A Fighting Battle Over Generations

What do we understand when we talk about gender or gender based violence? Generally, we talk and think about the women experiencing physical and/or sexual violence, harassment, and of victims trafficked for sexual exploitation. Obviously, these are big causes, and cannot be thrown away to the side, but what about another much quieter issue that quietly rages among women, especially from South Asian continents? I am talking about the psychological concerns like depression, anxiety and other form of mental illnesses that occur in women and get swiftly hidden behind locked doors by the very women themselves.

Let me share two incidents which has occurred to two female members in my community among my family and friends for you to understand what I mean. Rehana grew up with 9 brothers and sisters – 4 male and 5 female siblings. She was amongst one of the older siblings and came from a well off, middle class family. She was given the task of looking after her younger siblings, one after another, and she had no room to have a childhood for herself. To make matters worse, she and her sisters were always fed the substandard parts of chicken and eggs whereas the males in around were given the better pieces every time they sat to eat. This was purely due to the social conditioning of the females in her life during that era, and unfortunately particularly by her own mother.  Adding to this, she also faced some of the civil atrocities during the War in 1971. As she grew up, she was married off to a wealthy man and had children of her own – a son and a daughter. Even though she felt inferior being treated the way her mother treated her – she continues to treat her daughter in the same manner, even subconsciously. Even though she is now in the higher level of social and wealth strata, she gives her son better facilities such as a providing him a car and a chauffeur to be picked up from school, whereas her daughter Anindita is instructed to walk back from school.

As time passed, Anindita grew up and got married to a very well off family herself. Her in laws can be found in the prominent list of socialites of urban Dhaka, and are considered to be broad minded and posh. However, one day Anindita was faced with severe shock as she found her husband’s ex-girlfriend and her family seated at the dining table of a dinner hosted at her in laws house. This caused her with severe stress and emotional pain that she had to accept and bury, and not address these complex emotions and move on.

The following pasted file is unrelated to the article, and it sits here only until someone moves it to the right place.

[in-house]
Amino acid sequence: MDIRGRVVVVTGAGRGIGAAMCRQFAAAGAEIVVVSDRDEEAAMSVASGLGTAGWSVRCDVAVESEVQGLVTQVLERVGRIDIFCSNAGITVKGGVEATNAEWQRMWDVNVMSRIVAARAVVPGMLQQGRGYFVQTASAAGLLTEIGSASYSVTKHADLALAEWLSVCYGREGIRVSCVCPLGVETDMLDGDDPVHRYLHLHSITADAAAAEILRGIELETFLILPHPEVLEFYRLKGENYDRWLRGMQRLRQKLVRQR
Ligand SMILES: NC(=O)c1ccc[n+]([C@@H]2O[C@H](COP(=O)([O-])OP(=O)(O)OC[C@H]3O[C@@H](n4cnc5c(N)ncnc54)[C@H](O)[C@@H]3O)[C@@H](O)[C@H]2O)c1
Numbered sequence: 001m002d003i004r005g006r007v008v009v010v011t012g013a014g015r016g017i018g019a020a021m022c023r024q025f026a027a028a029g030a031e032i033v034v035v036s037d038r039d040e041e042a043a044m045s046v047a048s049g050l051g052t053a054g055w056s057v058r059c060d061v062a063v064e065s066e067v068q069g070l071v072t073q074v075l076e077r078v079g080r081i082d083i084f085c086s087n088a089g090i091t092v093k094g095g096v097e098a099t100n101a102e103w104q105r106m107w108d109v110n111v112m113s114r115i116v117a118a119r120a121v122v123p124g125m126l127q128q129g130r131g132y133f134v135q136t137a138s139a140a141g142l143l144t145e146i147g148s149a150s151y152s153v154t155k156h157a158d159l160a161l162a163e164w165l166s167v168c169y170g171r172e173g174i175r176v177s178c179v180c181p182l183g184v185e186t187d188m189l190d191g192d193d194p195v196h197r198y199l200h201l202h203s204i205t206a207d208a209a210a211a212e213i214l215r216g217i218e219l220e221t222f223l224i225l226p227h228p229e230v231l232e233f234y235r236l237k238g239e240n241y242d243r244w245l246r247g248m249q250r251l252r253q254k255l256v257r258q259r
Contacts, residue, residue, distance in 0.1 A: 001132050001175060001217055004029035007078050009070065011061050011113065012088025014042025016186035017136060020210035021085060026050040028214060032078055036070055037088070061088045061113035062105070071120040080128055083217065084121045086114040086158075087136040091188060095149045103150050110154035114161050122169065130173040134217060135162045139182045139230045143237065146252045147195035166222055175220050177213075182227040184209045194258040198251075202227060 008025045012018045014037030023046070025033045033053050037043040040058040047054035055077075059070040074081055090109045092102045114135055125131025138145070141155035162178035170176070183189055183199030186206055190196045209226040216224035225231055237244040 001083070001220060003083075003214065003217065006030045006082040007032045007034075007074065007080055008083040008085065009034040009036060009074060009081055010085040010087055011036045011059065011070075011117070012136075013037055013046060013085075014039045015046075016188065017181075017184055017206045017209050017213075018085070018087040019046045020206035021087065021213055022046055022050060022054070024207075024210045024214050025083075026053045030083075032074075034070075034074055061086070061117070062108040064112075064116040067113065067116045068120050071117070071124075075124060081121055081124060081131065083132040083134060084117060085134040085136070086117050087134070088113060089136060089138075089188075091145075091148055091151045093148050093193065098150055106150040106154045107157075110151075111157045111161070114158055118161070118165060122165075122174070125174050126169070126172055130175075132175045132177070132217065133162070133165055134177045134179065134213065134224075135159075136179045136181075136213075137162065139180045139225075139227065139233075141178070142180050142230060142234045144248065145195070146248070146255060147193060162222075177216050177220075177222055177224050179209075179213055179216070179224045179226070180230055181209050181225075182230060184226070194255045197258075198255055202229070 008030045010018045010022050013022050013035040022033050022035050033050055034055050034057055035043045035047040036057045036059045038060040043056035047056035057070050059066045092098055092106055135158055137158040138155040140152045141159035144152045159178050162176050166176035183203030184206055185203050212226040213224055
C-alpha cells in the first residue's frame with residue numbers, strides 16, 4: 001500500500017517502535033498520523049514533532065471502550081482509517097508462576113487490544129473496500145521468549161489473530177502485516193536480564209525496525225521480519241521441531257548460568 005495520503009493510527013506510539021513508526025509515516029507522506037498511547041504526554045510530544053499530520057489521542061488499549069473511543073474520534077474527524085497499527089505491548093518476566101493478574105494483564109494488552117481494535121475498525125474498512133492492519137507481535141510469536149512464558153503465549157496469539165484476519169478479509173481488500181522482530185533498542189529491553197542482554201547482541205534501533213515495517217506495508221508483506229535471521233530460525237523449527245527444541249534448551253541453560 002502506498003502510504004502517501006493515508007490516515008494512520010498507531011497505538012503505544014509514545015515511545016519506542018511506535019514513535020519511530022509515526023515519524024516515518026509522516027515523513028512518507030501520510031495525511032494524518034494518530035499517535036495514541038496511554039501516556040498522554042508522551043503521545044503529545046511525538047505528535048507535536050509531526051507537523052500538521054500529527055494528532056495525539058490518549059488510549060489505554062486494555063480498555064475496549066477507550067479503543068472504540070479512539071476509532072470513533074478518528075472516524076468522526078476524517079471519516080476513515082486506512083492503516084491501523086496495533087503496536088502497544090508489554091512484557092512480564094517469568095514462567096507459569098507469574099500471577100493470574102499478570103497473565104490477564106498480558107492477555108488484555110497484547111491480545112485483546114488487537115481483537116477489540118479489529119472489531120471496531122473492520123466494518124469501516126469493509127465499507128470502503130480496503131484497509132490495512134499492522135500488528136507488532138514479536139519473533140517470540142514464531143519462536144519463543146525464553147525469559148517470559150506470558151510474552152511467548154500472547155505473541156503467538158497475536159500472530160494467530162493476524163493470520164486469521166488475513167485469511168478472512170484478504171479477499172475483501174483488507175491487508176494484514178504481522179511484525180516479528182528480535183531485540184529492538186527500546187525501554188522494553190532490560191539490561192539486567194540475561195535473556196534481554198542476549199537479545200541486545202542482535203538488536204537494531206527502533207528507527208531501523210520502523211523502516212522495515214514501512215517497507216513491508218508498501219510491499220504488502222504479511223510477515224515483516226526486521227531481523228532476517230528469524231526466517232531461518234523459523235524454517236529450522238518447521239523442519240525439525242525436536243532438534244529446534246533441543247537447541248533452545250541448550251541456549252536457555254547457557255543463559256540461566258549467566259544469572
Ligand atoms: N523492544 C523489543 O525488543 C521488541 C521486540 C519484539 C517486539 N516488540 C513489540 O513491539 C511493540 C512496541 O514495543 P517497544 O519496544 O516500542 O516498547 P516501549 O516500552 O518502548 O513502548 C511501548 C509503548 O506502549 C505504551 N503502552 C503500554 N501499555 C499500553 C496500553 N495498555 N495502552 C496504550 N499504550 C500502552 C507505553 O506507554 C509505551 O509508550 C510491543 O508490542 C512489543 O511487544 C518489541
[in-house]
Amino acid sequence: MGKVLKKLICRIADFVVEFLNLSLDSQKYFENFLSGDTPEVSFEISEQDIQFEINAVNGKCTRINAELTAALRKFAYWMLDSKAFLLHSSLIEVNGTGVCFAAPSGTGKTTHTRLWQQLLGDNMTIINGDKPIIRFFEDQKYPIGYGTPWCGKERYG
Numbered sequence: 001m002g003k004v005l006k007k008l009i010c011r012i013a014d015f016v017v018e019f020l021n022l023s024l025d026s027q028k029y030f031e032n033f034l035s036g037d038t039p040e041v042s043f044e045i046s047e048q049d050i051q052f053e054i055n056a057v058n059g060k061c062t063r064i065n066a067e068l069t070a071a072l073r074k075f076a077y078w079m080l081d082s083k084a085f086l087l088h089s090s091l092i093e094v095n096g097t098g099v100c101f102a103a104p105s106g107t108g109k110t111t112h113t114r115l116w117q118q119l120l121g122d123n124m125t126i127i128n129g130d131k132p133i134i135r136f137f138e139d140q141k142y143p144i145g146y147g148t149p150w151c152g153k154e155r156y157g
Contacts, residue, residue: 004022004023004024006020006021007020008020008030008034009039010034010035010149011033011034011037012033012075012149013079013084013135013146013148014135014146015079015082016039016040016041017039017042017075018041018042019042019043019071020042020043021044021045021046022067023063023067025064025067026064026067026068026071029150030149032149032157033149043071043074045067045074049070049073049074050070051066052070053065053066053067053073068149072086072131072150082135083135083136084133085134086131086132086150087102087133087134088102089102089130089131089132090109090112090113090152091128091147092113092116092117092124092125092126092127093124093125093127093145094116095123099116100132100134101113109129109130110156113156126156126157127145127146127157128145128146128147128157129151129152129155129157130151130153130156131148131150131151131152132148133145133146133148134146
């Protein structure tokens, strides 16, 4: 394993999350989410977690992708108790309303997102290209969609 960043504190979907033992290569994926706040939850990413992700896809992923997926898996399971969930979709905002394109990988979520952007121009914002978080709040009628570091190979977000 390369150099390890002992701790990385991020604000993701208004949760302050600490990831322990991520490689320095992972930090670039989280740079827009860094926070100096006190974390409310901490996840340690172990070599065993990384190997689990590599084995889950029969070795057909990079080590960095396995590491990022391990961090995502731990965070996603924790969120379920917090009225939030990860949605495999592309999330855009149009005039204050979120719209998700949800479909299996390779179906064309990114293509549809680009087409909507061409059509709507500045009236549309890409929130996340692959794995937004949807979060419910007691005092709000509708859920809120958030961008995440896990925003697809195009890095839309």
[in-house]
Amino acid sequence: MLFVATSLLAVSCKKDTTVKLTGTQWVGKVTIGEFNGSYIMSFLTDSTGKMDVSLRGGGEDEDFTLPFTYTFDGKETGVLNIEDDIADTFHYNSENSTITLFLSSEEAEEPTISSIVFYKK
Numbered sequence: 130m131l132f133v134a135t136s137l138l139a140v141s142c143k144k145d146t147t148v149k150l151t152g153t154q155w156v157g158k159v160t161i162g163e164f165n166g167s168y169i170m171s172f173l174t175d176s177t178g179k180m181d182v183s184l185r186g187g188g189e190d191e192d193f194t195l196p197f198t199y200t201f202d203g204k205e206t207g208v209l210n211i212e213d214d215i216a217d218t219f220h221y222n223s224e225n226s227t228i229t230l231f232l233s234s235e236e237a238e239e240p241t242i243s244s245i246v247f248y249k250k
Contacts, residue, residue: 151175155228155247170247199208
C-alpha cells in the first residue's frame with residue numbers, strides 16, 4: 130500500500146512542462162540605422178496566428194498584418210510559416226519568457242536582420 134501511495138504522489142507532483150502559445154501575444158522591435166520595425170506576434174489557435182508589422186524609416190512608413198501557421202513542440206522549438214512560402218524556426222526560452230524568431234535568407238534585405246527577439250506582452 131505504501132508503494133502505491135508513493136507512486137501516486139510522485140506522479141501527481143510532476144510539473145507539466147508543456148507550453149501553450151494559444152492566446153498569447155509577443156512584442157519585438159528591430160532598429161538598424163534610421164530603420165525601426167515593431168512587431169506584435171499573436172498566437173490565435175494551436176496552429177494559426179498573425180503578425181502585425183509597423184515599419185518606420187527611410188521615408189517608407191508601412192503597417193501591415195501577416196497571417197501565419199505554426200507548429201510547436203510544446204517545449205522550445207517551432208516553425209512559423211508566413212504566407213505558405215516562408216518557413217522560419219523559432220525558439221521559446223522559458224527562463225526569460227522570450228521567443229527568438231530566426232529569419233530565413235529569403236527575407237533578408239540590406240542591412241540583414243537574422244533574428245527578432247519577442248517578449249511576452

I refer to these two stories to only point out the many mental and emotional pain that women face due to countless factors of psychological abuse. There are countless other women like Rehana and Anindita – their stories may be different, but their pain is the same – neither can they shout it out, nor can they be easily placed into marginal groups, as such cases are not even considered to be included into marginal groups. Their troubles are not considered troubles as they come from a higher part of society.

It is very difficult at times to be kind, but it is such a significant trait to accommodate in our daily lives. Due to the strong influence of social conditioning from our childhood – our sisters, our mothers, fall victims to psychological roller coaster rides which can turn their world upside down. The sad fact is that it is the women themselves who make it difficult for other women. Let’s be empathetic and try to put ourselves in our daughters, our daughter in laws shoes and not make the same mistakes as we went through.

“Everyone you meet is fighting a battle you know nothing about. Be kind. Always.”

Fahrita Ananna

Coordinator, Capacity Building

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